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Global sea freight impacts
February 15, 2021
The impacts of coronavirus have been wide-ranging and significant. As has been well publicised, global demand for sea freight is at an all-time high, affecting the rates and space forecasting for importing and exporting.
Global lockdowns during 2020 severely impacted consumption and production of goods, resulting in challenges in forecasting demand.
Preparing for shipping volumes to drop, carriers reduced services with blank sailings (cancelled voyages), route mergers and closures.
However, as COVID-19 related restrictions eased, demand began to rise which prompted carriers to resume suspended services.
But the increased demand amongst a volatile market has seen the cost of containers for freight skyrocket. This cost has been climbing since April of 2020.
Location specific issues like container imbalances, port congestion, and industrial action are paired with global instability of supply and demand - ultimately resulting in the cost of sea freight rising to a historic high.
- Increased vessel operating costs associated with insurance premiums to cover COVID related expenses
- Container imbalances (stored containers in some locations and inability to access containers in others)
- Supply chains adopting near-shoring or reshoring strategies, impacting demand and cost of containers
- Seasonal pressure of Christmas and Chinese New Year
- Shipping alliances between freight providers giving providers power
- Ongoing shortages in availability of containers due to an imbalance of exports and imports
- Inability to access 40ft containers, instead 20ft containers are being used, impacting volume of product moved. Container manufacturers also working at full capacity and unable to keep up with demand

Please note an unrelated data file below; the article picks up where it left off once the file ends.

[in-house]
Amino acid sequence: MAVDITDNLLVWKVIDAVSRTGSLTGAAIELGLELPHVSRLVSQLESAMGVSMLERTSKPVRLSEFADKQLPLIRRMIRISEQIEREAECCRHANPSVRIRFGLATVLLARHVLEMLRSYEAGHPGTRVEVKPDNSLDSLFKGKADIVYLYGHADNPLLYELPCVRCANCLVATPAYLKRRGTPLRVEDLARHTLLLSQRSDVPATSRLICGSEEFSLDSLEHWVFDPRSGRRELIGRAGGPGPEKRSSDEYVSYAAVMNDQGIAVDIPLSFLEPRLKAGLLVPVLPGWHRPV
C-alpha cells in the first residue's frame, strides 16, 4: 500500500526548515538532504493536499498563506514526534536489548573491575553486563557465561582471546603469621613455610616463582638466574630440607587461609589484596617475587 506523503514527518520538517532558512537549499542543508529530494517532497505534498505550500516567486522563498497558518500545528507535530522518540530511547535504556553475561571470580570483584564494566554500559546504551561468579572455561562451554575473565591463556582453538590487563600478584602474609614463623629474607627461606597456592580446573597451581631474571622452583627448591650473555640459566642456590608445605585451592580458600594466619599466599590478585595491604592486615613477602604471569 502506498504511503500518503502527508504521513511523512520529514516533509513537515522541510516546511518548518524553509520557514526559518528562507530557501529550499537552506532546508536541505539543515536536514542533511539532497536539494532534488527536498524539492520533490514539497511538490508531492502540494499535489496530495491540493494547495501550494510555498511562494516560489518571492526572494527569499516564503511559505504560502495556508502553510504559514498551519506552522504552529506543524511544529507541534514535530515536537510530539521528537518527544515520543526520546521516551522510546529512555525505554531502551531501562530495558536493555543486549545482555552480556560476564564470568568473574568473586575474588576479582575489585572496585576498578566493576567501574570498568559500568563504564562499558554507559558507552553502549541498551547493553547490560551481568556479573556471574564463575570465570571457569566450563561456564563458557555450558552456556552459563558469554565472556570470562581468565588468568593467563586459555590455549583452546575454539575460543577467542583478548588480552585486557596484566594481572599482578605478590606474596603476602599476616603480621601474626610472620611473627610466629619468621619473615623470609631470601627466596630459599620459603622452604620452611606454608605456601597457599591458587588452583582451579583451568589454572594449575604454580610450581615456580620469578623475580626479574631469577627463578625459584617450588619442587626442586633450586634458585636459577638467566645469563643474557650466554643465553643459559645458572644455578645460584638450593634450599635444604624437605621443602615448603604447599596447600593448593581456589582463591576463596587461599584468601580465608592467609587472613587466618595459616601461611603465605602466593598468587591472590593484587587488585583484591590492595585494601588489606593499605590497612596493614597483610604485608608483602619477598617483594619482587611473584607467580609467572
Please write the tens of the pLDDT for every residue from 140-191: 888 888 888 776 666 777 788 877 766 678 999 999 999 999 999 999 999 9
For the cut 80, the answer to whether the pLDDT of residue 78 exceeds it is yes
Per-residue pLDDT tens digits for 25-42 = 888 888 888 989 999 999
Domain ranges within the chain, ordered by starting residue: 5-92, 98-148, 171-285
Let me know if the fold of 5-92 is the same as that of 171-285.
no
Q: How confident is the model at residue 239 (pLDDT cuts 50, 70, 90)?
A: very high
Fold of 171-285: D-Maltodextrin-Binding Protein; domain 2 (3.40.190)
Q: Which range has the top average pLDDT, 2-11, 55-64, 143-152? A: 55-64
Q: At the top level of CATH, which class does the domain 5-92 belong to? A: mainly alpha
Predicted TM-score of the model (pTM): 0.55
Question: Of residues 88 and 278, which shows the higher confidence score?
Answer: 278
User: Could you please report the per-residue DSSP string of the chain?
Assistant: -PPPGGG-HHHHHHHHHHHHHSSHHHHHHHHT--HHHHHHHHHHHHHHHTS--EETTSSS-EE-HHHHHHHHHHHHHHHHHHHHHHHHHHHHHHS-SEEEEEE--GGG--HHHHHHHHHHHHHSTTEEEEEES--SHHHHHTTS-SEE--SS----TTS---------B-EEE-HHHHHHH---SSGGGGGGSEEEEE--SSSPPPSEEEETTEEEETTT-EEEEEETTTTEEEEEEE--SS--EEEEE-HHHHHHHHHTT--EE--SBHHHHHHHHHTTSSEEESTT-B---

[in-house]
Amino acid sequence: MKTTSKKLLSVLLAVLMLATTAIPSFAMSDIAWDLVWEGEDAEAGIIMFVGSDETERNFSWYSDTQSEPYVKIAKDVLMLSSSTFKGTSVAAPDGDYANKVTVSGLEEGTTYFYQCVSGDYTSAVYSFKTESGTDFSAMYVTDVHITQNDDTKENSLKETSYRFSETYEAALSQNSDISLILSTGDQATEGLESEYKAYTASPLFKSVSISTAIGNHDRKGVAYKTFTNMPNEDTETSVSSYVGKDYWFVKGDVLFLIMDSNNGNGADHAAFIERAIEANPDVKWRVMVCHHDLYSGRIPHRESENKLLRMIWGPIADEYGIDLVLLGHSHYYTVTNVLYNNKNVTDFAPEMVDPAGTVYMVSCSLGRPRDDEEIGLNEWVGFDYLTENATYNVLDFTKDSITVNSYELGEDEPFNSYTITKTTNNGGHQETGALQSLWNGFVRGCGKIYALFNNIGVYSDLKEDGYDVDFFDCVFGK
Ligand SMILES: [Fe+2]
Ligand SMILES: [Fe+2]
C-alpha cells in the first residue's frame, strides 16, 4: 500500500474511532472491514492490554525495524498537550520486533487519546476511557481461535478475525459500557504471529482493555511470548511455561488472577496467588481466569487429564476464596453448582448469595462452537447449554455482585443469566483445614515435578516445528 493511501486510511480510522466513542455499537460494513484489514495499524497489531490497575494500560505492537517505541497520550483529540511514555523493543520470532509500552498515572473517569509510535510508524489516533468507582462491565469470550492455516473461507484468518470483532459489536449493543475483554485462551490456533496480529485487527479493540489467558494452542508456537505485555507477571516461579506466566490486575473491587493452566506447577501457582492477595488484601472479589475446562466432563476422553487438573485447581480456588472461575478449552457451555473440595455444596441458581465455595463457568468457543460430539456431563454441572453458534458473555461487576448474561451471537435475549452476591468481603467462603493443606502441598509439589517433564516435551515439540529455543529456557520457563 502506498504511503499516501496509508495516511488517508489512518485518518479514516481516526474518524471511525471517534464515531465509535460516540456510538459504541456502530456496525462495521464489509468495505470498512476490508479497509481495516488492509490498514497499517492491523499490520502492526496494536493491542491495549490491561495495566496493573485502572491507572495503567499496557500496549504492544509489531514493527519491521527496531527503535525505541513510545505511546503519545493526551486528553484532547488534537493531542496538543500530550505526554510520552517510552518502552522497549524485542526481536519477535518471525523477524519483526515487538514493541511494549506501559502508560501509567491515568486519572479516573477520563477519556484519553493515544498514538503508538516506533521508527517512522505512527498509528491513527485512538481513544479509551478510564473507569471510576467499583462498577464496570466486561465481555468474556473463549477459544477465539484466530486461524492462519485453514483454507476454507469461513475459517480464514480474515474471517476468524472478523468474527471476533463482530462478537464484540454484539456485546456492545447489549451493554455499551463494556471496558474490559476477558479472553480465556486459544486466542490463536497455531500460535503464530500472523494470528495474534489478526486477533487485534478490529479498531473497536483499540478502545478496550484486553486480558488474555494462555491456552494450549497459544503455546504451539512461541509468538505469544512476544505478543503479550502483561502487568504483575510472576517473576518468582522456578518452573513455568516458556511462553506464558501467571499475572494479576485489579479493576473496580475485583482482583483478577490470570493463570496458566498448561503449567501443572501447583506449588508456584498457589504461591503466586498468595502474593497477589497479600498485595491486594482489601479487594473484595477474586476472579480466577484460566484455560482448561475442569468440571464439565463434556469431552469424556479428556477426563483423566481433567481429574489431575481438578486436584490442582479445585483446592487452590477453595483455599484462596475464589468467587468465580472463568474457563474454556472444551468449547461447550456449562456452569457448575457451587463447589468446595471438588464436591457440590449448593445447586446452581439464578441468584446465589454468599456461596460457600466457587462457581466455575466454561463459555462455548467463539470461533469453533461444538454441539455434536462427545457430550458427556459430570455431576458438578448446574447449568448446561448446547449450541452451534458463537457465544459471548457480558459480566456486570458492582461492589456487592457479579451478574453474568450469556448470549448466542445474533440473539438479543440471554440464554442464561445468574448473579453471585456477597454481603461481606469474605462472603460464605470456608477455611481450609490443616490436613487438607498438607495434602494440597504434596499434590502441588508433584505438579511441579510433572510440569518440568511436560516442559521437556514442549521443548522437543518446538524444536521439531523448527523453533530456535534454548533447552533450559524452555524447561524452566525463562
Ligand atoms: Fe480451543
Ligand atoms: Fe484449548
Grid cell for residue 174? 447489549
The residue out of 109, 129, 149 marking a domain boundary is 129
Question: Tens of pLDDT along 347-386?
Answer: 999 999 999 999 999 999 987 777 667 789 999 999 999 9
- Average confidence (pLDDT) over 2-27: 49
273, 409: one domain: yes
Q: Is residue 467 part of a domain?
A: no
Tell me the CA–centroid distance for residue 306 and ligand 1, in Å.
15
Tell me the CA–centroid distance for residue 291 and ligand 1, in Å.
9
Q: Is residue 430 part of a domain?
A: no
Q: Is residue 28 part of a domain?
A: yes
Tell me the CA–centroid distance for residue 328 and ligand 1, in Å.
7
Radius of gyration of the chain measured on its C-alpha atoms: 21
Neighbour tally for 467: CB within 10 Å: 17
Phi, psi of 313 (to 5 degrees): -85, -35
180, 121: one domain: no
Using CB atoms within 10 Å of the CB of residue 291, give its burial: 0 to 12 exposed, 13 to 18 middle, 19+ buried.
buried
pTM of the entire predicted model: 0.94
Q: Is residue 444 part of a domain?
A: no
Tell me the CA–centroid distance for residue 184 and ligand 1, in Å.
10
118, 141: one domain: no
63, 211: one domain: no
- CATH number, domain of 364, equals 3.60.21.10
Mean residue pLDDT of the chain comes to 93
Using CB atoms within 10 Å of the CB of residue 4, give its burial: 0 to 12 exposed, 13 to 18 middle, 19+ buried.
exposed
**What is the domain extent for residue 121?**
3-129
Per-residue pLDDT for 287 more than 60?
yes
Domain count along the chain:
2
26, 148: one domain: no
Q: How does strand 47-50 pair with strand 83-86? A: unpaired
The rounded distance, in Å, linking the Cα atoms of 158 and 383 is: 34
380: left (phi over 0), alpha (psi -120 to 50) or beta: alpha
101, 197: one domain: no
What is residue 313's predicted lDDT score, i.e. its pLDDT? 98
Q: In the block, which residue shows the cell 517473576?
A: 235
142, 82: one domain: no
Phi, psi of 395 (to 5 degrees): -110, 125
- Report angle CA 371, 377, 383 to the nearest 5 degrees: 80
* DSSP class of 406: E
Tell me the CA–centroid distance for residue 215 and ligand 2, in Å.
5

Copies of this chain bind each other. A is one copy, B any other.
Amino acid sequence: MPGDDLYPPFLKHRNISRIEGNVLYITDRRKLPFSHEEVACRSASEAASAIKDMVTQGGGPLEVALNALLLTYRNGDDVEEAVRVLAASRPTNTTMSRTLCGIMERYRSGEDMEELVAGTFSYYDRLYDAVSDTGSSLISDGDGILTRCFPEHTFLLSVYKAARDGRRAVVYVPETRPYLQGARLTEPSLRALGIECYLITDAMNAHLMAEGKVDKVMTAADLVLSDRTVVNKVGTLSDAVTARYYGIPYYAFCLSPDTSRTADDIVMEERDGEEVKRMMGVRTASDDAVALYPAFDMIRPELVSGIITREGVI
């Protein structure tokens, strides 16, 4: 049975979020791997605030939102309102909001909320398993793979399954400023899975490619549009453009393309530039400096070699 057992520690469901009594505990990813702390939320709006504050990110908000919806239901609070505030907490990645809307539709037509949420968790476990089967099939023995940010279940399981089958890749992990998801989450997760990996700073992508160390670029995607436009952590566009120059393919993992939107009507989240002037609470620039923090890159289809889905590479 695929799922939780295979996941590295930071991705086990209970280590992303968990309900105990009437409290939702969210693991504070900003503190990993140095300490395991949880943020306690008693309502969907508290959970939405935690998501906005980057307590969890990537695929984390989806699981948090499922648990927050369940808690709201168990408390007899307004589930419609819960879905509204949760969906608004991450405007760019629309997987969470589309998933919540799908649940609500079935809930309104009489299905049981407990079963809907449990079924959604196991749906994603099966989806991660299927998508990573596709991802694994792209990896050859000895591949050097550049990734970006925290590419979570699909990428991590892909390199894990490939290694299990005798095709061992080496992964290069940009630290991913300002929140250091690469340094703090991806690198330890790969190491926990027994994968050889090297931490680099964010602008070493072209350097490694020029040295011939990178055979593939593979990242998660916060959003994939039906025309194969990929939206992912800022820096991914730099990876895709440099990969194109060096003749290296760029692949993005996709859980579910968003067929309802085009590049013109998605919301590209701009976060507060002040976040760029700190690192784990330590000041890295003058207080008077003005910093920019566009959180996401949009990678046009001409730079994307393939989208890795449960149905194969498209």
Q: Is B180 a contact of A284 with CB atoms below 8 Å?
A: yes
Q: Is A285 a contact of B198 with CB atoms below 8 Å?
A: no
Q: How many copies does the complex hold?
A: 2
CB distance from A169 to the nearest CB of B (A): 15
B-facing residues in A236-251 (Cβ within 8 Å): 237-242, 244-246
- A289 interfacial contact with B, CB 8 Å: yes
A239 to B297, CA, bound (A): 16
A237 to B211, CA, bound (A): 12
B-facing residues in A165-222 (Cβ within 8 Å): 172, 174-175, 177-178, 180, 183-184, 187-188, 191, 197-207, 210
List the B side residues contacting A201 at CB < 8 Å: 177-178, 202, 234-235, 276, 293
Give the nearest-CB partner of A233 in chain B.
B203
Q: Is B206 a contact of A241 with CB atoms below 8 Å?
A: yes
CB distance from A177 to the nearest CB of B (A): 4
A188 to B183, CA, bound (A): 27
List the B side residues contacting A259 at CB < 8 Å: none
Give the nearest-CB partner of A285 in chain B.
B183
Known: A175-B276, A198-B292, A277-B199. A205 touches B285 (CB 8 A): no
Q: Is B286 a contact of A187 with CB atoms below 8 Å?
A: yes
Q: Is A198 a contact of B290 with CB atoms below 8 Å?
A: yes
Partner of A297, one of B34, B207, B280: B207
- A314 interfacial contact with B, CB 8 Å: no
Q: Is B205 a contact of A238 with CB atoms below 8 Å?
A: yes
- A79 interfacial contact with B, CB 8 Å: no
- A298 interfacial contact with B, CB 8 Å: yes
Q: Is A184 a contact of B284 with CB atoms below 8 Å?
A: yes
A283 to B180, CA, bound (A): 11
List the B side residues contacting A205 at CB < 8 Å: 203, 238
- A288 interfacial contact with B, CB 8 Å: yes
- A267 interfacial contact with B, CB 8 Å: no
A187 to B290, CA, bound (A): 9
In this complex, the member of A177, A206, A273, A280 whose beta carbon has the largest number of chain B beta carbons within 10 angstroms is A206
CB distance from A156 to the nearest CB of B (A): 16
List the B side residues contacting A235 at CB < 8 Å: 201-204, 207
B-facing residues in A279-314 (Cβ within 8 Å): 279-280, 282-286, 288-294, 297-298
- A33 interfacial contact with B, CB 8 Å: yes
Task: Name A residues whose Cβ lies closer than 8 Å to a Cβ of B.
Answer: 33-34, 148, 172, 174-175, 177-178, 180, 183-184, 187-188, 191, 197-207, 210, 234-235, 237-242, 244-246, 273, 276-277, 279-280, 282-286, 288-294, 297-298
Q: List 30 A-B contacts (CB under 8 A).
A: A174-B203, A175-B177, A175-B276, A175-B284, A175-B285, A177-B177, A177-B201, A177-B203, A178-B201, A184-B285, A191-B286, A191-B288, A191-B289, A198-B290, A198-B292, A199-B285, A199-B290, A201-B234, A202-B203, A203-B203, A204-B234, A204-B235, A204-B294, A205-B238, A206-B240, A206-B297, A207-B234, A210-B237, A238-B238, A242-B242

- Industrial action compounding issues in demand, especially in Sydney where delays of up to 18 days are being experienced. Some shipping lines now cancelling or diverting services into Sydney
- Border restrictions preventing crews from accessing ports and not allowing for usual crew change over
- Variance in impacts of lockdowns across European countries affecting access to ports
- Brexit increasing volatility of freight cost and demand
Significant demand on sea freight is having a direct correlation on growing inflationary pressure on raw material costs.
Raw material suppliers are not exempt from current historical sea freight demand. Not only is the cost of securing raw material impacted, but delays are having a snowballing impact on product manufacture and finished good supply time.
Detpak has been absorbing abnormally high sea freight costs of both finished goods and raw material.
We continue to investigate opportunities to localise raw material sourcing or product manufacture to assist our customers. And we work alongside our freight providers to provide supply at the lowest possible cost.
For more information, Contact Us.
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